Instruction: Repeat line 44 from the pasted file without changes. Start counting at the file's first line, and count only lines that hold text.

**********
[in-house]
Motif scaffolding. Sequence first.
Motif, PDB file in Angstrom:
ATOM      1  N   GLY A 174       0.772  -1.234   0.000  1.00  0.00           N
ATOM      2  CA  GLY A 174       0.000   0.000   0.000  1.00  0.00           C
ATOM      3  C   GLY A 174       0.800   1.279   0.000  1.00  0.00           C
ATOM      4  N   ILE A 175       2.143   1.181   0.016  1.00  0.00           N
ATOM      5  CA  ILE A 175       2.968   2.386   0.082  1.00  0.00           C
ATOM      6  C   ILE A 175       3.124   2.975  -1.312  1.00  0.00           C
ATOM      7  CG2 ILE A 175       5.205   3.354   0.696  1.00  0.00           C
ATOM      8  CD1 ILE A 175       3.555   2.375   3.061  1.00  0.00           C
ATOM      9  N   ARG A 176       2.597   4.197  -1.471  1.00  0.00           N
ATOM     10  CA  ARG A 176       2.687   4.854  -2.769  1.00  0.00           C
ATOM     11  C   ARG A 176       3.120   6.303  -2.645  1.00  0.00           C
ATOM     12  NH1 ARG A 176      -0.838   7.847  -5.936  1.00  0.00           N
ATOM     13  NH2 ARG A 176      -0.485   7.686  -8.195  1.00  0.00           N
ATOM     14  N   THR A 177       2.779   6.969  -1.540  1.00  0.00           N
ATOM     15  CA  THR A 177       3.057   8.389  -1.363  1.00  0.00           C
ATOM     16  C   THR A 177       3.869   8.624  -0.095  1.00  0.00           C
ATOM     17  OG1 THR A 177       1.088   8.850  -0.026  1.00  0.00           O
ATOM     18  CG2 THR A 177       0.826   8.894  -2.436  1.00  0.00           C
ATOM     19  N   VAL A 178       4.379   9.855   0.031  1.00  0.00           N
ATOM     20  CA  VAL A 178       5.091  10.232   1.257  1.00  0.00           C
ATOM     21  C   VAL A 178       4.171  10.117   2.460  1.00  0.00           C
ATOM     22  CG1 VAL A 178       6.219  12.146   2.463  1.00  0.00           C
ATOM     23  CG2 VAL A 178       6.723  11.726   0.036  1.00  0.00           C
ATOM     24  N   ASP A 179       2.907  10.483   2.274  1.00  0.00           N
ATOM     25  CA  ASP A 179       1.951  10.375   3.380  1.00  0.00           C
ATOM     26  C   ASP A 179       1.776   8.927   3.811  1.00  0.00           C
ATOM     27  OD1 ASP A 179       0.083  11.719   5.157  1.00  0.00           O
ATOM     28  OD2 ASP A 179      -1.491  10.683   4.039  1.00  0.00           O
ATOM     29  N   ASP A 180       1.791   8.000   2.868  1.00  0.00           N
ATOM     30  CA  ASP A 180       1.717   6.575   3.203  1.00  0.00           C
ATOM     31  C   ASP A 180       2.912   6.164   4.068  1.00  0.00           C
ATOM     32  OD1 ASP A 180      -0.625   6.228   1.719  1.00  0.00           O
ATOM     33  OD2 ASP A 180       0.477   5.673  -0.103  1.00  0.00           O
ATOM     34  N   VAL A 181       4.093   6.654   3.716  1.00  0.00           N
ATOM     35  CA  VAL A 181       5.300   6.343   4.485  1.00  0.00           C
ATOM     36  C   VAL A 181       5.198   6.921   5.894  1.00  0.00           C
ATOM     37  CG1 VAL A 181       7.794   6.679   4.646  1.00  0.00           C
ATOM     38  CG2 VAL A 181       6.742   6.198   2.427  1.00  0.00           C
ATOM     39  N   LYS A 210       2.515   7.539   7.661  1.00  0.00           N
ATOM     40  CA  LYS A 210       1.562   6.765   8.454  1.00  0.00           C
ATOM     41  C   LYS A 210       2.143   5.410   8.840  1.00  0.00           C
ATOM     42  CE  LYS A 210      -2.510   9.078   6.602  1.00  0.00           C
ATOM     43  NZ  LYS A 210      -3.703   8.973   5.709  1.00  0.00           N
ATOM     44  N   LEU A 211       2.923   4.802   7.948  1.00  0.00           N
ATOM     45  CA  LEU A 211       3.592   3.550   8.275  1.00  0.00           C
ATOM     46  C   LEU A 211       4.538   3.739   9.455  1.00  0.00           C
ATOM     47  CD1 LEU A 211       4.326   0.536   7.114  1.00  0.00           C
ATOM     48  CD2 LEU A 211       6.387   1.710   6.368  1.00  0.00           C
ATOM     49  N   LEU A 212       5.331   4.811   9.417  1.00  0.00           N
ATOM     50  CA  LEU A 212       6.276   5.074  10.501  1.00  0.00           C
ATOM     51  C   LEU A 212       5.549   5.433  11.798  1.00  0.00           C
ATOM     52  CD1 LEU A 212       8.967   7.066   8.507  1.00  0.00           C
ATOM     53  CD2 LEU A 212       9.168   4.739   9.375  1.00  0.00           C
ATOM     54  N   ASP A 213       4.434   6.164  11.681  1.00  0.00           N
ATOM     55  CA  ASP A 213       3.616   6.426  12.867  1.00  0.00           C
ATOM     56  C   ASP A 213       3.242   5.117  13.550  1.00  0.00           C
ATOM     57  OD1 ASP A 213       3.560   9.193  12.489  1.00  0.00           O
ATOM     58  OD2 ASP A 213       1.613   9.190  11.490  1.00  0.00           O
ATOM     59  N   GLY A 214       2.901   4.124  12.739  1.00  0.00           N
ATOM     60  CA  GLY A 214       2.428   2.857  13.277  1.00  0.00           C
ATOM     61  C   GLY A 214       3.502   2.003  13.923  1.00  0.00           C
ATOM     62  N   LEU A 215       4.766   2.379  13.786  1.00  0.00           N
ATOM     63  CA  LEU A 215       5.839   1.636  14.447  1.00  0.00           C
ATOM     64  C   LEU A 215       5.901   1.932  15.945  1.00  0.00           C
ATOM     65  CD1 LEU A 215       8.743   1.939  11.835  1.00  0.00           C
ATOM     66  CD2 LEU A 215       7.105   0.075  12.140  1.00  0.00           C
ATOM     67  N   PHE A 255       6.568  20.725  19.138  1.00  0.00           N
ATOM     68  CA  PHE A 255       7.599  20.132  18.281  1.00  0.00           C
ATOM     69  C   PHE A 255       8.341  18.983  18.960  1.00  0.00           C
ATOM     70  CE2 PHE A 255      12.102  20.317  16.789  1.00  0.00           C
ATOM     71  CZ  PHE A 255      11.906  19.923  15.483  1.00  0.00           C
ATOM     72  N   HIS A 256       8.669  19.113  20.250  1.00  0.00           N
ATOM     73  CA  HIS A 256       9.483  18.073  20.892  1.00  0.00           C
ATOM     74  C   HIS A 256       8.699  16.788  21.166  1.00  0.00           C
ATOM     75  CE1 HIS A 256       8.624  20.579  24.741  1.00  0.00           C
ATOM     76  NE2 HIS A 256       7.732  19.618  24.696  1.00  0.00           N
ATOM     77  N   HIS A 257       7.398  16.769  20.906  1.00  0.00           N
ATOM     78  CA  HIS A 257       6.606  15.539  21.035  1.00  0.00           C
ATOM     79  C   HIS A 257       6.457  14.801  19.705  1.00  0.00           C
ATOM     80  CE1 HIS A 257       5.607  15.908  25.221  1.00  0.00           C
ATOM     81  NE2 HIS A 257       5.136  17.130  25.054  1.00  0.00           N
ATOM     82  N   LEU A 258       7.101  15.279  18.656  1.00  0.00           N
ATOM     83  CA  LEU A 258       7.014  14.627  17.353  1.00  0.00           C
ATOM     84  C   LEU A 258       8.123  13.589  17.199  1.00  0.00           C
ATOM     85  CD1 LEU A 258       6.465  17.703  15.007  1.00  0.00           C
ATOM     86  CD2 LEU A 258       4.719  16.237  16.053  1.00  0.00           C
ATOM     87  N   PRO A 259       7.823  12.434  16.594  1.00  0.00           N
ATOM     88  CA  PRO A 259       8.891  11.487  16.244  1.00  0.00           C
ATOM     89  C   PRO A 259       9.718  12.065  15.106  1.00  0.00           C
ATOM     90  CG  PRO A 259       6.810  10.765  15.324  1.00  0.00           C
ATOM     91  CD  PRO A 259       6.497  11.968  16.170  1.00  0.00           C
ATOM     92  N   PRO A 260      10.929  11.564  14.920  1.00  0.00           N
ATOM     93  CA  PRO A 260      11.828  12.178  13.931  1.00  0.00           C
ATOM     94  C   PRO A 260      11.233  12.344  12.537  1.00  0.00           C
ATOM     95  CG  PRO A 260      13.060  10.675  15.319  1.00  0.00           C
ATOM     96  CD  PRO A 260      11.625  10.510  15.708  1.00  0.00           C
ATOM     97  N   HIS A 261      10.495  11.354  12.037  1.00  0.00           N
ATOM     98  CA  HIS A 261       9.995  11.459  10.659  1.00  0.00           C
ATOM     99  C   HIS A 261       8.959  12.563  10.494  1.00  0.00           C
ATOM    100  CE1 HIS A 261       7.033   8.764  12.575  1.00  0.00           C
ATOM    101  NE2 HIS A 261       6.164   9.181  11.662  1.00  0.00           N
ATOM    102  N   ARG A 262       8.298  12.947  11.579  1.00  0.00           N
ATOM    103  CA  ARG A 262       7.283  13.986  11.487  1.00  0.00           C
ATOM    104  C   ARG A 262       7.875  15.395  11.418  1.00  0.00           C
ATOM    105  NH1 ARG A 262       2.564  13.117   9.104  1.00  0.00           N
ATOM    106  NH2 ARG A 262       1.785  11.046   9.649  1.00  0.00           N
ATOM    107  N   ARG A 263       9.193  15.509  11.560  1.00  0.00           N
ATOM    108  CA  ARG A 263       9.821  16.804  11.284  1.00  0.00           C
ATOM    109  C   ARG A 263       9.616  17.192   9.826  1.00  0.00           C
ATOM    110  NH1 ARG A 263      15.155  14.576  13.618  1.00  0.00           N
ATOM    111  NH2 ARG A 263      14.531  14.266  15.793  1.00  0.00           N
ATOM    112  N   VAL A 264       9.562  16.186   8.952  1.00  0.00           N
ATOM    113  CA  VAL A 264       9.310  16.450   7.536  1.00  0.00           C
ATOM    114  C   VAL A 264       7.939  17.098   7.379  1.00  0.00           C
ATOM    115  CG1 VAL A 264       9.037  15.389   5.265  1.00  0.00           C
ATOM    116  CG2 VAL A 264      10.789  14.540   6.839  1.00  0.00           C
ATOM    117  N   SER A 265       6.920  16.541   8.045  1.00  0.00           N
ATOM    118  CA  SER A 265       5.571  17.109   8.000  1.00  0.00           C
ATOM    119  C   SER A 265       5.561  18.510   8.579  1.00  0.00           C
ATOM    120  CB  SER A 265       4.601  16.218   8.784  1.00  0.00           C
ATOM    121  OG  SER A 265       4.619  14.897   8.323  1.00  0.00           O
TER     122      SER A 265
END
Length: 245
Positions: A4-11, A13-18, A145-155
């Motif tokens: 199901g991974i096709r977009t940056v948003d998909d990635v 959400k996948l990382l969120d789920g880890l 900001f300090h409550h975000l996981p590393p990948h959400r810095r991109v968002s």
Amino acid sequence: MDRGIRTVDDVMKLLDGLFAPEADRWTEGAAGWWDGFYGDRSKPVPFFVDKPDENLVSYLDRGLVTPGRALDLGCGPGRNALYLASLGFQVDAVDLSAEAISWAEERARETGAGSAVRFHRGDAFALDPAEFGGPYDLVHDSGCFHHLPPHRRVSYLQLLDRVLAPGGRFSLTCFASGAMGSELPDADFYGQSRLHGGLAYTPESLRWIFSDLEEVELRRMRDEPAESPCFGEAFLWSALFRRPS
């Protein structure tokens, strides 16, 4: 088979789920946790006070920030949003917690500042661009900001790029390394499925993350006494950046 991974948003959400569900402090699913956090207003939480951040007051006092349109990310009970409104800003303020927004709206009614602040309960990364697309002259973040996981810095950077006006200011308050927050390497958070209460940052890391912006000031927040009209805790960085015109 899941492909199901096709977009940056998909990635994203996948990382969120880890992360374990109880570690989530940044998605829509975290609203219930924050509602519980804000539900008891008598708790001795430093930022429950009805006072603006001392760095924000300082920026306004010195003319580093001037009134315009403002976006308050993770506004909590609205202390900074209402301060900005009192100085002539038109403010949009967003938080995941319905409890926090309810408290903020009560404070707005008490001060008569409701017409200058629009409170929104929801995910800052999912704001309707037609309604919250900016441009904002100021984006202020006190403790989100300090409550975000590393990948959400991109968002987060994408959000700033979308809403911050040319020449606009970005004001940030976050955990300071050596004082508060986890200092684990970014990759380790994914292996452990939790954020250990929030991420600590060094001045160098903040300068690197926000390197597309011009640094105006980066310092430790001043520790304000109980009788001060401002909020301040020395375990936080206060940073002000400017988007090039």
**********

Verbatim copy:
ATOM     41  C   LYS A 210       2.143   5.410   8.840  1.00  0.00           C